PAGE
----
Can You Get All of Your Needs Met?

We all want our needs to be met. Consider this: when we feel stressed, anxious, or annoyed, it’s because of an unmet need, not because of another person who happens to be caught up in the drama. And, importantly, analyzing negative feelings in the context of a “met v. unmet needs” paradigm supports you in: Continue Reading

The Hard Way Ends Hard

The hard way ends hard, you know. Have you ever considered adopting a knowledge strategy approach to help you and your firm more easily produce great results, cost effectively (meaning competitively!) in a shorter period of time?

Let’s say your firm has not taken time to organize its institutional learning in ways its lawyers can easily access. Or, there is not much of a formal system or training program. Your more junior associates, who might be working on a type of project for the first time, have no other choice but to take their best shot at what you and the client need, which you, as the lawyer responsible, find unsatisfactory.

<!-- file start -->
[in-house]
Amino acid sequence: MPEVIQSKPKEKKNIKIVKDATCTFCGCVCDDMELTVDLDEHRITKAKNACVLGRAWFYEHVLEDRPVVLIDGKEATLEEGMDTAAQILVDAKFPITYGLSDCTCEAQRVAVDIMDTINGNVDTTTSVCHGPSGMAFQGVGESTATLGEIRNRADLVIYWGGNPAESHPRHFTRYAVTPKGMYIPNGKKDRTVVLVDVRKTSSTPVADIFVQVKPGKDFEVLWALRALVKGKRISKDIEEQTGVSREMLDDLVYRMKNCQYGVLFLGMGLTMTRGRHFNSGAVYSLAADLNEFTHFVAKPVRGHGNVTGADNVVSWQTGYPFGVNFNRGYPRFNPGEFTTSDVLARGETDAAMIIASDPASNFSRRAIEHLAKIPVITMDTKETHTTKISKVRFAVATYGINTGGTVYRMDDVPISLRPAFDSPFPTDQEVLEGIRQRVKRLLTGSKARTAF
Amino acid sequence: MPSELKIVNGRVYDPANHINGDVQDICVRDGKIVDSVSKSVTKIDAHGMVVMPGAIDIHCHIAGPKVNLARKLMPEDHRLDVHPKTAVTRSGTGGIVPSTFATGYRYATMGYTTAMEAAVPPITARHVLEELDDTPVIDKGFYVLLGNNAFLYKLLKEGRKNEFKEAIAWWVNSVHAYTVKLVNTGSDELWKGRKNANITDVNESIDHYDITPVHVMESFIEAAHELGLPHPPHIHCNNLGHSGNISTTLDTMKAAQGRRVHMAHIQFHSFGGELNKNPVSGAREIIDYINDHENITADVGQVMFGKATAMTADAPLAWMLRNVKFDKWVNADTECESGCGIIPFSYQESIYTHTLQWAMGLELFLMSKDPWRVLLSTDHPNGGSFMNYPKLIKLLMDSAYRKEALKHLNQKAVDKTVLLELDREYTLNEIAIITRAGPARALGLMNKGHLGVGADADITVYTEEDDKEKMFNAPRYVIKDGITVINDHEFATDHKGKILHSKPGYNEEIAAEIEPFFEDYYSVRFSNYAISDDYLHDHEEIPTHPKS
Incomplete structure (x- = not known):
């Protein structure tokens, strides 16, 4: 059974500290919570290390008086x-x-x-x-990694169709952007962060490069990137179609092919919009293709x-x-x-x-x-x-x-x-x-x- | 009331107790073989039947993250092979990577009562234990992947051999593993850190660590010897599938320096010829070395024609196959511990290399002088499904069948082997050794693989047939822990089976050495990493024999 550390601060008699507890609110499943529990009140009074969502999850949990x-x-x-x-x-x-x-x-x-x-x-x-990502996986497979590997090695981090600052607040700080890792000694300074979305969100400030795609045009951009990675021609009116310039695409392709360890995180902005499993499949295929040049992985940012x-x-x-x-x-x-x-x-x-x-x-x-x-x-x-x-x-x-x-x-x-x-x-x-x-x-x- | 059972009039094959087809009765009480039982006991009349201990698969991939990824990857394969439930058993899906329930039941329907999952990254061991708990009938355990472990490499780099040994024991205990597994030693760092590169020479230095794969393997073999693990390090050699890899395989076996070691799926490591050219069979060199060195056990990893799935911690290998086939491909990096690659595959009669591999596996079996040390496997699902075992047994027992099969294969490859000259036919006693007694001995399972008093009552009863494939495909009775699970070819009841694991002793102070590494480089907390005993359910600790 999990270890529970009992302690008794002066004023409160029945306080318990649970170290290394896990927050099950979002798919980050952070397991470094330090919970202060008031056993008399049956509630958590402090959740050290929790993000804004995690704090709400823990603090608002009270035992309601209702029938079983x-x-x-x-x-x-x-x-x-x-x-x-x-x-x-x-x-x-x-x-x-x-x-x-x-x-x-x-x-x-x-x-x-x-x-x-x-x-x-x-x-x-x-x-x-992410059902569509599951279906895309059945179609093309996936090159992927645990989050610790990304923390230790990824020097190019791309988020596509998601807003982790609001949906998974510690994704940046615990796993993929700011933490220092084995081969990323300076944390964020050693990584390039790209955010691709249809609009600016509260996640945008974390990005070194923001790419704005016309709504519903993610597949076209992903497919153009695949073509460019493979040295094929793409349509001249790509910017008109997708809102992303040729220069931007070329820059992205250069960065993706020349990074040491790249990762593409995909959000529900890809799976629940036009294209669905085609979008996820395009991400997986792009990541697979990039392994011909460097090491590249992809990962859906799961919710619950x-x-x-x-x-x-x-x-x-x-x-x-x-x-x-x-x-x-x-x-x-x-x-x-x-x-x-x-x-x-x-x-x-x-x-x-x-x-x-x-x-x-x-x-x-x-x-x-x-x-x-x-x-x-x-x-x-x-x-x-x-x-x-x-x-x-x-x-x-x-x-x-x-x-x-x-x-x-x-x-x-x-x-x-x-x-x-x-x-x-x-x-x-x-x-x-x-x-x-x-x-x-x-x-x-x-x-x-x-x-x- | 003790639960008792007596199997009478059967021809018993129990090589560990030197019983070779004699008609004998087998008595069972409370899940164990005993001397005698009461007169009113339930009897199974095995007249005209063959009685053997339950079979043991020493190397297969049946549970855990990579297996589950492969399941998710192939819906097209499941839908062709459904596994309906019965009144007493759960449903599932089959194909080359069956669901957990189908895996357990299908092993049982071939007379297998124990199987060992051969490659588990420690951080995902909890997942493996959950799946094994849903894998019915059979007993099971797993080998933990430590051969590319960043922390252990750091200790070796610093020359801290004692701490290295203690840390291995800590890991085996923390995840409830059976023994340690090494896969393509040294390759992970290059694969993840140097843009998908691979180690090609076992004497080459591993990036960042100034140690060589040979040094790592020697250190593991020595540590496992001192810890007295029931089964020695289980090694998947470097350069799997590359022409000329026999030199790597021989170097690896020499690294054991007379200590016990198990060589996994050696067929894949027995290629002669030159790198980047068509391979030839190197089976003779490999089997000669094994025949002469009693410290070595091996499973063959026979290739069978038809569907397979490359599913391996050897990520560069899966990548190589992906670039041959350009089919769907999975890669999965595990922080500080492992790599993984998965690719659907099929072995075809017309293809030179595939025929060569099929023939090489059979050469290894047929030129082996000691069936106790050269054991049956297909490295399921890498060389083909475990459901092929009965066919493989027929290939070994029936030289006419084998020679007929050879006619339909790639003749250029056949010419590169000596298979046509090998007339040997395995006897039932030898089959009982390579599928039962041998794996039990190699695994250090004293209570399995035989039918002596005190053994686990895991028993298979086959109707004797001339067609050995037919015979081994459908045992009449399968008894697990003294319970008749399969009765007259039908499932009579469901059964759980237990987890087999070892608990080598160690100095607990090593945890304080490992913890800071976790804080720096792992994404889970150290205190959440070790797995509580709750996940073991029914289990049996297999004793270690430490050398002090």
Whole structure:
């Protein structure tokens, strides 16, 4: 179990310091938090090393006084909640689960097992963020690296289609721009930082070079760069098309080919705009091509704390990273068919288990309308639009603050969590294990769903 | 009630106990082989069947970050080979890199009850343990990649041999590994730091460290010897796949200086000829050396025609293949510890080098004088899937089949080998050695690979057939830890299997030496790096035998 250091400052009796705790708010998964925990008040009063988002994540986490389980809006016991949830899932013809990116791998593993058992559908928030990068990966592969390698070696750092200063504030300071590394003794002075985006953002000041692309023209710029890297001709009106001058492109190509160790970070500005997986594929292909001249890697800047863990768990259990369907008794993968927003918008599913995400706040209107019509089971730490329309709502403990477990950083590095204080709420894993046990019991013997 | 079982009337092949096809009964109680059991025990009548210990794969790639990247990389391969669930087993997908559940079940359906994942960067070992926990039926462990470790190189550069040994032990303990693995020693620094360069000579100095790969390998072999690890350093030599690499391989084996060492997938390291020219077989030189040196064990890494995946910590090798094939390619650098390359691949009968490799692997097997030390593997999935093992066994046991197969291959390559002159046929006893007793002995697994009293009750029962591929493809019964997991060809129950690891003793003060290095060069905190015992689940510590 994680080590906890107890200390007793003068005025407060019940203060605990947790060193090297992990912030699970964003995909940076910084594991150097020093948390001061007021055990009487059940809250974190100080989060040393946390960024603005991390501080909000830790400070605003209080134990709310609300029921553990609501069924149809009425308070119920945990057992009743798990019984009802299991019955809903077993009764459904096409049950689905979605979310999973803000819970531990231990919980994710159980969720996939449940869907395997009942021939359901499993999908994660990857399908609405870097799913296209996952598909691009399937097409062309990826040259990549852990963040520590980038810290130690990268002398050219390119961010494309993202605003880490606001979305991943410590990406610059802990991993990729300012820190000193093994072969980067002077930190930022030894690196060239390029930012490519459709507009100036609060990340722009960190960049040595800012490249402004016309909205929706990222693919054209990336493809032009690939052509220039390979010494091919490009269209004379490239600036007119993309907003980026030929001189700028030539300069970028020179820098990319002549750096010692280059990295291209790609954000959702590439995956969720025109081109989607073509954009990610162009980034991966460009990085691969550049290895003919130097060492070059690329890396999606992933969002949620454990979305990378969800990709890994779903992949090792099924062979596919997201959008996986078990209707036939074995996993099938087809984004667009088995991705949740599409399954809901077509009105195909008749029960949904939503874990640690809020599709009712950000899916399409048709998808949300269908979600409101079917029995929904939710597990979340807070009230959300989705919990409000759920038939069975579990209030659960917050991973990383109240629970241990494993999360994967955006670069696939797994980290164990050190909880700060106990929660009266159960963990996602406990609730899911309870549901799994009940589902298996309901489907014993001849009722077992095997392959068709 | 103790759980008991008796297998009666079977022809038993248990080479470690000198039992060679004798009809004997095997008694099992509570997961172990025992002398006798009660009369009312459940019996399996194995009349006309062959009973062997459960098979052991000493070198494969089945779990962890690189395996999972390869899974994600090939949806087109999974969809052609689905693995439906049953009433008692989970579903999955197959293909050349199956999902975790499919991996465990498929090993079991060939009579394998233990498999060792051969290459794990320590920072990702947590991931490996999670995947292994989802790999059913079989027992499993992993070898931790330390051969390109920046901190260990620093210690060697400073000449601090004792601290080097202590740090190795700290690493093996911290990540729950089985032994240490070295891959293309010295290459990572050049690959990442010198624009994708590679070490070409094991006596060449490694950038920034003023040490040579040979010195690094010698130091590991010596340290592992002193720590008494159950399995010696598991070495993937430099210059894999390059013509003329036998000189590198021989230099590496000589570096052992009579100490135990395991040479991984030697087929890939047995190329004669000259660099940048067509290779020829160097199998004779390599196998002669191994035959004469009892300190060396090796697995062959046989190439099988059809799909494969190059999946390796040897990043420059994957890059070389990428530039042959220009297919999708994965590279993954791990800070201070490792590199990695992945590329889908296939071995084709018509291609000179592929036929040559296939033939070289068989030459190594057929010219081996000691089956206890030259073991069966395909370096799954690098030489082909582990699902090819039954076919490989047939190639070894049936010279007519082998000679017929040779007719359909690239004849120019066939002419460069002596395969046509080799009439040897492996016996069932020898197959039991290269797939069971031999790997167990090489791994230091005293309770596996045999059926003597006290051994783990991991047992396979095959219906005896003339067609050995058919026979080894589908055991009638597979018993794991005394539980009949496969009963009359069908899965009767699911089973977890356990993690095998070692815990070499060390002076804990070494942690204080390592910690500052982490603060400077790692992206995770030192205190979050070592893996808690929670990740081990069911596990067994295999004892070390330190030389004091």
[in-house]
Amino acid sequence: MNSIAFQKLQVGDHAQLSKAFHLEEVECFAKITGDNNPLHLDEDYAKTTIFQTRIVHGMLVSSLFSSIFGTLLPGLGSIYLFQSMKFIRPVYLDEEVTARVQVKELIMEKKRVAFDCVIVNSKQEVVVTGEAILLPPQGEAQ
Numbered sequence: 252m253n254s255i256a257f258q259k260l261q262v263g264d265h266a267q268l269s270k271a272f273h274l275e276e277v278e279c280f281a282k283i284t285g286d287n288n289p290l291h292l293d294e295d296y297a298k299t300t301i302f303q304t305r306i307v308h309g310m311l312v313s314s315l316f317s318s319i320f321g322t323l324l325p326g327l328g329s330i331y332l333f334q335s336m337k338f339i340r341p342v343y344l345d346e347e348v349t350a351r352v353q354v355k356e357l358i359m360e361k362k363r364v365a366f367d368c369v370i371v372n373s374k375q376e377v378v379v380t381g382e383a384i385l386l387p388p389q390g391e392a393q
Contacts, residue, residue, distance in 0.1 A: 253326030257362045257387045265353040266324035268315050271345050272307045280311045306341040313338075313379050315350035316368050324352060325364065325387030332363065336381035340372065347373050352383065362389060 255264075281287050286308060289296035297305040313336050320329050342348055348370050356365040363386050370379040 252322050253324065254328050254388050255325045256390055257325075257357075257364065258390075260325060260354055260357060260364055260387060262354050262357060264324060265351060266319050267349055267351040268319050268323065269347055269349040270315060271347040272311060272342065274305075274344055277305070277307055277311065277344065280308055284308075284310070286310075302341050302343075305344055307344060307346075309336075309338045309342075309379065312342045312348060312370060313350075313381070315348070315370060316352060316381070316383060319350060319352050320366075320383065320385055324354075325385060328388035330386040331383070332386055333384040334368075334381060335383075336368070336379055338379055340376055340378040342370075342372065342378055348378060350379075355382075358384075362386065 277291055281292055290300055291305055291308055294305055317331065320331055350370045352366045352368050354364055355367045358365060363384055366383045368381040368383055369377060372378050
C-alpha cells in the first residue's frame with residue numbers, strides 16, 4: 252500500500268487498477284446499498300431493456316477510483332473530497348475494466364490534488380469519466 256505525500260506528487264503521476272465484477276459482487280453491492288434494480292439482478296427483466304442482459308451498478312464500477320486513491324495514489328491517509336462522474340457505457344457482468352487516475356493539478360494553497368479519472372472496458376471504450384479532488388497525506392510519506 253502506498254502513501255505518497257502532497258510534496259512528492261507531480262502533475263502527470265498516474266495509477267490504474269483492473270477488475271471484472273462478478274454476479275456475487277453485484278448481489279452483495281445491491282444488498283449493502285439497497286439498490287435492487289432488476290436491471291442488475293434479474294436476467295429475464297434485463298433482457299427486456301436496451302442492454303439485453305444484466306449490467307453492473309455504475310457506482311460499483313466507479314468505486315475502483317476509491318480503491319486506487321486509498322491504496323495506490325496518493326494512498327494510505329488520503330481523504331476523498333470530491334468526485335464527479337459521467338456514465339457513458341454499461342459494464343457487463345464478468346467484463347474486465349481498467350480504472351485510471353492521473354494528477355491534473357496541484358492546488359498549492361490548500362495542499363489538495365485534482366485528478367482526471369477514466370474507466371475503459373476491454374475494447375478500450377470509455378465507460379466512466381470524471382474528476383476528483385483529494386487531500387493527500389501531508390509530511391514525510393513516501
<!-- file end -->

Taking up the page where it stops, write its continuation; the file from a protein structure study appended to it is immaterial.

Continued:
Now imagine how much better off everyone would be if the firm’s knowledge management system made it possible for a more junior/lower-cost lawyer to produce work equivalent to that of a more senior lawyer. The firm’s fees would be lower, making it more competitive. The more senior lawyers would have more time to develop business and focus their attention where it really counts,  increasing the firm’s overall revenues and individual career satisfaction. Profits would be higher, too, because the firm wouldn’t have to hire additional junior lawyers or wait as long for them to become profitable. And, a robust knowledge strategy is the confident response to clients’ concerns that more junior lawyers don’t have enough experience to justify their billing rate.

Keep in mind that knowledge strategy is not about technology.  It’s about culture. Culture is the one-word descriptor for “how we will do it.” Importantly, and distinct from a mere information management system, the firm’s leadership designs the system with the desired result  – lawyers working more effectively – in mind and supports the adoption and use of the system through training and setting clear expectations.